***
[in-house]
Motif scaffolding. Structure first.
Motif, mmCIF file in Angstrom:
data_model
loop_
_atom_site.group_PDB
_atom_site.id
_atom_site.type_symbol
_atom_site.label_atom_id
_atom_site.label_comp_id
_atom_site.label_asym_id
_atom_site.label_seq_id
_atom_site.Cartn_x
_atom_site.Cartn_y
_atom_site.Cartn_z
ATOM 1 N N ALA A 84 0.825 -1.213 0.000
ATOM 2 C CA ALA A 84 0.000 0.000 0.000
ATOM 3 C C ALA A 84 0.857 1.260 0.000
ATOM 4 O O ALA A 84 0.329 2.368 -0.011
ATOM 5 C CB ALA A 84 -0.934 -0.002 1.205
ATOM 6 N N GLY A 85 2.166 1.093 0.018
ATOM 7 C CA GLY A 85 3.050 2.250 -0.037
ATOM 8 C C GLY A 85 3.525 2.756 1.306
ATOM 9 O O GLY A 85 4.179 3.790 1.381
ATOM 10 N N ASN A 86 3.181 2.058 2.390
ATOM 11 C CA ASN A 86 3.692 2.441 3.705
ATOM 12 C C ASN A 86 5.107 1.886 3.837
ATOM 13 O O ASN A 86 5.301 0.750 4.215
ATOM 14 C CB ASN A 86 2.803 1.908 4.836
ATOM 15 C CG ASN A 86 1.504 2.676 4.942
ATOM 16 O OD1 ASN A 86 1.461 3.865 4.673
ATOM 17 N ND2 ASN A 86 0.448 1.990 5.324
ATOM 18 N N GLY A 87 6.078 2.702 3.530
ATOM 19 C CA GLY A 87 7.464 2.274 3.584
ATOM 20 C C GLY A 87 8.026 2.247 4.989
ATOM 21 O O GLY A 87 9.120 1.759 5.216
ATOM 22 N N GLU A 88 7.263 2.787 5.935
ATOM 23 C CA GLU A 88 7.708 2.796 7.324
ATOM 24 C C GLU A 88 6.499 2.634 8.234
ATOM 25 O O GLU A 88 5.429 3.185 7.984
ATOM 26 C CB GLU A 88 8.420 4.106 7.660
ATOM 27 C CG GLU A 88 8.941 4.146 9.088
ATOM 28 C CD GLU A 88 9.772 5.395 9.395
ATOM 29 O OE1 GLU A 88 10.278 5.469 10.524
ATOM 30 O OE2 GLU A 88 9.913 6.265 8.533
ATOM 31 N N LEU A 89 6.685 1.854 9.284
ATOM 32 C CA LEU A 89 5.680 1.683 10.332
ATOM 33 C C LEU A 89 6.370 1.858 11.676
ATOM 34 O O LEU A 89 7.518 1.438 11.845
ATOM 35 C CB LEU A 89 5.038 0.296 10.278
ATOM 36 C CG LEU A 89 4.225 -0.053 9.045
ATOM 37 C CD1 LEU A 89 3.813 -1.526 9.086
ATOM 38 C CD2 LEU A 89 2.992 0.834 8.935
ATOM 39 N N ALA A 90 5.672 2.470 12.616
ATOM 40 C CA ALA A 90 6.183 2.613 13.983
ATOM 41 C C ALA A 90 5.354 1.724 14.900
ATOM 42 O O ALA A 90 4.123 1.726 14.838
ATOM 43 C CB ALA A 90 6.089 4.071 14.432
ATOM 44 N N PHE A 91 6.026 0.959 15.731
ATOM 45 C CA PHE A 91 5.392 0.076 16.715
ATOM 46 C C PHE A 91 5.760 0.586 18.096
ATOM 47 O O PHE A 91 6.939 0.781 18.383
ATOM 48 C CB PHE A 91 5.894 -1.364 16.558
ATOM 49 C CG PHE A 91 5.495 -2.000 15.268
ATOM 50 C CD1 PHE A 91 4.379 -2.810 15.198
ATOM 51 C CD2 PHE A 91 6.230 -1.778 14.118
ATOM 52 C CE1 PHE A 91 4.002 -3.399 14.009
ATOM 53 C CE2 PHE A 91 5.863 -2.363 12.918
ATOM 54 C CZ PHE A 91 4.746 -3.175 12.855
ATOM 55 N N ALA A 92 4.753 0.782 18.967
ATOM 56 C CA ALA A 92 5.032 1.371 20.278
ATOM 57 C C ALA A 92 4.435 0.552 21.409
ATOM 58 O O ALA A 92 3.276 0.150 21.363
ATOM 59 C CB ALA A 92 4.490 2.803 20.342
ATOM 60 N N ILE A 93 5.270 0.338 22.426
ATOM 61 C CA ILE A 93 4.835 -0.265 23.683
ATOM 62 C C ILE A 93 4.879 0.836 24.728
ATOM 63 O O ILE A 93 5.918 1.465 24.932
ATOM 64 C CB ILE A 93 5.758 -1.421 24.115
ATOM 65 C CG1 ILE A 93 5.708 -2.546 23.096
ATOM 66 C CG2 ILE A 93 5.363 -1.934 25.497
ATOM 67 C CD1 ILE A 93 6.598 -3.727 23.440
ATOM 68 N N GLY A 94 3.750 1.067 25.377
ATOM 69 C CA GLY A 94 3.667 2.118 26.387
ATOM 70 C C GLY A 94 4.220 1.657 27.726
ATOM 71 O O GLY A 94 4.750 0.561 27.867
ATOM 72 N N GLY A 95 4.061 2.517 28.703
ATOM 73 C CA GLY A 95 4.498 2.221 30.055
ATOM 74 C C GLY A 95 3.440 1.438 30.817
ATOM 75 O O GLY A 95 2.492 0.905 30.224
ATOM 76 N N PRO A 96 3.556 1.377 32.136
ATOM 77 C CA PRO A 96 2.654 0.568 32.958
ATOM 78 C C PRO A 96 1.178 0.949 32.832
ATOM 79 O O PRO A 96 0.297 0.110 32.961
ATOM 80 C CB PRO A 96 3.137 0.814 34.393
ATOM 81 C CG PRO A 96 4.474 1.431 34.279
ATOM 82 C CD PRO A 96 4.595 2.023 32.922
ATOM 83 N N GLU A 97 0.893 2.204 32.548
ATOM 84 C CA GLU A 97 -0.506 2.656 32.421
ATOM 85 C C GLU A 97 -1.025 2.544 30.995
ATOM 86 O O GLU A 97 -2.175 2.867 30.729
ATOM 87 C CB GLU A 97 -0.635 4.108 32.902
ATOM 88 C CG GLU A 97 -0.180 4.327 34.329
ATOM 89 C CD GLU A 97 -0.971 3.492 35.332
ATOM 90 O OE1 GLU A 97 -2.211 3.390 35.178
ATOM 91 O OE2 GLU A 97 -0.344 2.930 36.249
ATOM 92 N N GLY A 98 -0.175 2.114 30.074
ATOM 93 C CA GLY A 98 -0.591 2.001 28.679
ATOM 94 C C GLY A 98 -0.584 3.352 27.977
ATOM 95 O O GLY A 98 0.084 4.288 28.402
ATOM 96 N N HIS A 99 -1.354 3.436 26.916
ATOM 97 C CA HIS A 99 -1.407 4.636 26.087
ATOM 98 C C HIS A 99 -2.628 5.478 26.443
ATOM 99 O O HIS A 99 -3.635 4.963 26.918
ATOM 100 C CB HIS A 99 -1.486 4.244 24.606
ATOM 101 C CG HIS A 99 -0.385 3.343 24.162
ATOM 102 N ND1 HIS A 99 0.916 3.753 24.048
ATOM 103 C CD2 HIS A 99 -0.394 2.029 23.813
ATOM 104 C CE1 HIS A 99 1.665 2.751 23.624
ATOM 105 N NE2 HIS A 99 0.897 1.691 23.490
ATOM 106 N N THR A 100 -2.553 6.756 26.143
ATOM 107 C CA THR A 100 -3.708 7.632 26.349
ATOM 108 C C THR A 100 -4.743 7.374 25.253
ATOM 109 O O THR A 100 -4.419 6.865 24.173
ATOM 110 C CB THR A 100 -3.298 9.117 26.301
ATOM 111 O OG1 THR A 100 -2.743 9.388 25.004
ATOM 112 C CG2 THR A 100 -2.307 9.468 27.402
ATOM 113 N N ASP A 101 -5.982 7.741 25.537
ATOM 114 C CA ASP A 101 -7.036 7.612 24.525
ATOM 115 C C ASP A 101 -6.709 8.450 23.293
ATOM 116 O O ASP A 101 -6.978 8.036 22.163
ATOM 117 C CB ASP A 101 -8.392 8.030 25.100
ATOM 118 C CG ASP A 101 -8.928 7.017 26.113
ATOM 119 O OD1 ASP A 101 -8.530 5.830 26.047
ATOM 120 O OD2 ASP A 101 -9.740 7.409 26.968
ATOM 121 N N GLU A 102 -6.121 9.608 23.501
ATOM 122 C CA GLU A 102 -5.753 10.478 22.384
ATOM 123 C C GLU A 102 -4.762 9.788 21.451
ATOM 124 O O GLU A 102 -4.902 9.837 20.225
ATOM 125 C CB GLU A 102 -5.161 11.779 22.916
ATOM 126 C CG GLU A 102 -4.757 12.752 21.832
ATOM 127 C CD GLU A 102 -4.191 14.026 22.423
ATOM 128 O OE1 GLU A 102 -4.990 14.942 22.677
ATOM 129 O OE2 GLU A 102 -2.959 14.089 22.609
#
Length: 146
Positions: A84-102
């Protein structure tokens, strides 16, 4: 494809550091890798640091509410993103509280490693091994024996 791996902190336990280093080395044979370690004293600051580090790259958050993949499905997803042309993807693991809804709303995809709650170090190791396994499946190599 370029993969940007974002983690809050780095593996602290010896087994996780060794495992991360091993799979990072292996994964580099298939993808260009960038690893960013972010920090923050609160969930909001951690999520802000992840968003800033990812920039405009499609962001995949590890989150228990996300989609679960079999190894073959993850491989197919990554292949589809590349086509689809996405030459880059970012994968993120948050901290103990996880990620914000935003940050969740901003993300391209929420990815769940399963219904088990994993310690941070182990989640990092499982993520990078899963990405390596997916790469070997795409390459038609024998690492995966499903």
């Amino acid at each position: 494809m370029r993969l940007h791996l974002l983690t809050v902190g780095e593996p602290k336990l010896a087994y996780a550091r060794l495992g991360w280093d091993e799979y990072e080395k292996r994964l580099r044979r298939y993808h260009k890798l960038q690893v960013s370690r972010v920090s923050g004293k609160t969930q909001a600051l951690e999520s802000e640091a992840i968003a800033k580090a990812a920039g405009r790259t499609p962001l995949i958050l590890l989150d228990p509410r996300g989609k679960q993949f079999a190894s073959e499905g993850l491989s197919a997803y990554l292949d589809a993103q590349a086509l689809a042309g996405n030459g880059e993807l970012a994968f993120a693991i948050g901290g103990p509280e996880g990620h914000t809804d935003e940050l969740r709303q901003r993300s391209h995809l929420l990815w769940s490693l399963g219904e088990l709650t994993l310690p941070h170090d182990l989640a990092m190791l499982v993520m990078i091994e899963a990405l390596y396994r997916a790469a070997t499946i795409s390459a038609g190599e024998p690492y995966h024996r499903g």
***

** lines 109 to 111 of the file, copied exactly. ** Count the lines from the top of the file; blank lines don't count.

ATOM 94 C C GLY A 98 -0.584 3.352 27.977
ATOM 95 O O GLY A 98 0.084 4.288 28.402
ATOM 96 N N HIS A 99 -1.354 3.436 26.916